The more adventurous culinary family is having lamb or duck for their Easter dinner, and these types of meats deserve a delicate and refined red wine. The G. Marquis Pinot Noir is a medium-bodied dry red that will match the flavours of the lamb or duck nicely. It’s really elegant with a smokey spice aroma, cherry flavours and a hint of violet.

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Cave Spring Dry Rosé VQA

The Cave Spring Rosé is a versatile and food friendly wine. It will pair well without a lot of menus, but particularly if you’re having ham or salmon. This rosé is a medium-bodied dry wine made up of 57% Pinot Gris, 18% Riesling, 14% Pinot Noir, 7% Cabernet Franc, 4% Gamay. It’s lovely aroma of ripe red cherries is followed by flavours of red berries and finished with a refreshing acidity.

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Hope you have a wonderful Easter weekend filled with fresh new wines for Spring!

Cheers!~GDW

 

 

 

Girl on a Budget: Wines Under $10

Sometimes a girl is on a budget and needs decent wine for cheap. While it’s nice to drink expensive vintages, there are times that call lower price point wines, like a when you’re hosting a big party or saving for a trip. But a girl on a budget does not mean that good taste has to be compromised! I’ve rounded up my top three wines from the LCBO that are under $10 and don’t taste like bathwater.

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1. Beso de Vino

Beso de Vino is a red blend from Spain. It’s a full bodied dry wine with a deep purple colour.  I was introduced to it by a friend several years ago and it’s been a constant go to since then for hosting, gifting and weeknight drinks. Beso de Vino is a crowd pleaser! I haven’t met someone that doesn’t enjoy this easy going wine. It’s has luscious dark fruit flavours with a hint of spice and licorice. Available at the LCBO for $9.95.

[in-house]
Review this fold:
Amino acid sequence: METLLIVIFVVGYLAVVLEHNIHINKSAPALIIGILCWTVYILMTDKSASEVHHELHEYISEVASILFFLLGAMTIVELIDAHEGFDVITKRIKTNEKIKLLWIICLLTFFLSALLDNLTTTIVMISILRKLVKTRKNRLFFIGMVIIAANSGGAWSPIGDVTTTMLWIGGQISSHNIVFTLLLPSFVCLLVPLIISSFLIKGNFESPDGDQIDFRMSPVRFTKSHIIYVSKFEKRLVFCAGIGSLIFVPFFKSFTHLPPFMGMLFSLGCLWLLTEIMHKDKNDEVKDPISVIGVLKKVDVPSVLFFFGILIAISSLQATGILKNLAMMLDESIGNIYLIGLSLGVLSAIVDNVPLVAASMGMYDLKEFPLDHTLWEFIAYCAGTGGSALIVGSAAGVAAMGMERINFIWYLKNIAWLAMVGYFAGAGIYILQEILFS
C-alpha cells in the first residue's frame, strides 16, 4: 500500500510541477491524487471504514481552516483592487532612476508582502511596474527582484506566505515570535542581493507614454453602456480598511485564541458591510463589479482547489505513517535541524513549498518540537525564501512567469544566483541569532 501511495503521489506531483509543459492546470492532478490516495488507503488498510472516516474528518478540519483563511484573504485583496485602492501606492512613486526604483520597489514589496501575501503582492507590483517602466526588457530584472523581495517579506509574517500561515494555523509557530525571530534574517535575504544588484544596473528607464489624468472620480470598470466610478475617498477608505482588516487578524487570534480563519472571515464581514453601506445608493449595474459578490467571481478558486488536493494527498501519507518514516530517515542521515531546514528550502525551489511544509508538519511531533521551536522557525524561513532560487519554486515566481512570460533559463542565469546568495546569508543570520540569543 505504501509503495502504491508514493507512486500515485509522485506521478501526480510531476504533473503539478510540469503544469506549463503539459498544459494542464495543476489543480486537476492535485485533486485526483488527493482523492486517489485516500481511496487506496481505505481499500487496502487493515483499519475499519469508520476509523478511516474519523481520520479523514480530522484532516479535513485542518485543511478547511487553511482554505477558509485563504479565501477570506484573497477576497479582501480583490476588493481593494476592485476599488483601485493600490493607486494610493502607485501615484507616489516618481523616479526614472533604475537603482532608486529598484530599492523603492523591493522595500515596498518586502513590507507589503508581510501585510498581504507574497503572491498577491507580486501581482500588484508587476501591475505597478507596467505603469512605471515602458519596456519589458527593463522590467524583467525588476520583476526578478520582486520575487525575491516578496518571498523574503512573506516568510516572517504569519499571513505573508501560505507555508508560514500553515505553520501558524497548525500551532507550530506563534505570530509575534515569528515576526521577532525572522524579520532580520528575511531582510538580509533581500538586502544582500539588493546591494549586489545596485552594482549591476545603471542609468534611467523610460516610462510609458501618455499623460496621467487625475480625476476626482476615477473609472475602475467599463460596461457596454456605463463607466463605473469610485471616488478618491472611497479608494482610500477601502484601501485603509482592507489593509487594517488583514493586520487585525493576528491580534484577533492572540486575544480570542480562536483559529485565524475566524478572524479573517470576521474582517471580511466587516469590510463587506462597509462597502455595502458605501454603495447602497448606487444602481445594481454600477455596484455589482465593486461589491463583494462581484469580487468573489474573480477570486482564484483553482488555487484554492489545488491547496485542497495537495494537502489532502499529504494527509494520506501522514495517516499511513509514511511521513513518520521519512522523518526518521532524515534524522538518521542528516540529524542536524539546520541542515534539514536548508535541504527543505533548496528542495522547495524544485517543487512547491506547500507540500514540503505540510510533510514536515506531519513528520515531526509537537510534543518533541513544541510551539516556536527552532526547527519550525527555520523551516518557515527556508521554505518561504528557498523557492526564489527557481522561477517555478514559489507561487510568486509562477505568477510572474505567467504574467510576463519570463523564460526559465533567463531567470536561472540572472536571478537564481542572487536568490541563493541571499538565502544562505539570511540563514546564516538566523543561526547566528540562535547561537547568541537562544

2. L’Orangeraie Rosé

If you’re in the mood for Rosé, the L’Orangeraie is a great budget friendly option. From the South of France, this wine is medium bodied and extra dry with good acidity. Notes of herb, bell pepper and floral are followed by tart cherry and citrus flavours. A classic example of a southern French Rosé, L’Orangeraie is sure to please any pink drink lover. When I was first putting together this post, L’Orangeraie was at the LCBO for under $10, but recently increased to $10.25 – still a good deal!

3. Two Ocean’s Sauvignon Blanc

Most wine drinkers at some point have probably had the Two Ocean’s Sauvignon Blanc. This white wine from South Africa is light bodied and dry  with flavours that will not offend anyone. Easy drinking and crisp, the Two Ocean’s Sauvignon Blanc has light tastes of soft citrus and grapefruit. It’s guaranteed to be enjoyed on a hot summers day! The 750ml bottle is $9.95 at the LCBO, but you can get the 1500ml bottle for only $17.95 – perfect if you’re hosting a summer party!

Cheers!~GDW

 

February Wine Faves

I’m really excited to be starting a new blog series on my favourite wines of the month. The first post is about my wine faves from February. There’s a good mix of varietals, regions and price range. I also have a liqueur listed that isn’t a wine, but I was so impressed I had to include it! Take a read below for my thoughts on each of the wines and links to details at the LCBO.

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  1. The 2016 G.Marquis Chardonnay is a full-bodied and rich Ontario wine, perfect for winter white sipping – $17.95.
  2. The 2014 Frog’s Leap Zinfandel was one of my favourite wines from my trip to Napa last year and is now available at the LCBO! – $49.95.
  3. The 2016 Domaine des Aspes is a French blend of Chardonnay and Viognier that offers the perfect balance of crisp vibrancy and rich creaminess – $16.96.
  4. The 13th Street Cuvée Brut Rosé is everything I love about a sparkling wine; delicate bubbles, bright acidity and a creamy finish – $27.95.
  5. The Henry of Pelham VQA Rosé is dry, fruity and easy drinking. Definitely a crowd pleaser – $14.95.
  6. The Cave Spring Cellars Pinot Gris is a wonderfully perfumed and aromatic wine that you should definitely try if you haven’t explored this style – $16.95.
  7. The Julia Florista is a full bodied and fruity red blend new into the LCBO from Portugal. Great value! – $8.95.
  8. The 2012 Château Mont-Redon is everything wonderful you expect from a Châteauneuf-du-Pape! It’s a good price point to start your exploration of this amazing French region – $45.95.
  9. The Sandbanks French Kiss is a great option if you’re looking for a full-bodied Ontario red – $19.95.
  10. The Hidden Bench Estate Pinot Noir is a 10/10 for me and could not be any better! The perfect mix of earth, herbs, smokiness and cherry – $31.95.
  11. The VQA Pelee Island Lola Blush is a light and fruity sparkling wine perfect for enjoying with friends – $14.95.
  12. St. Germain is a French liqueur made with elderflower blossoms. Adding this liqueur to sparkling wine makes a beautiful cocktail – $14.95-$49.95.

 

Cheers! – GDW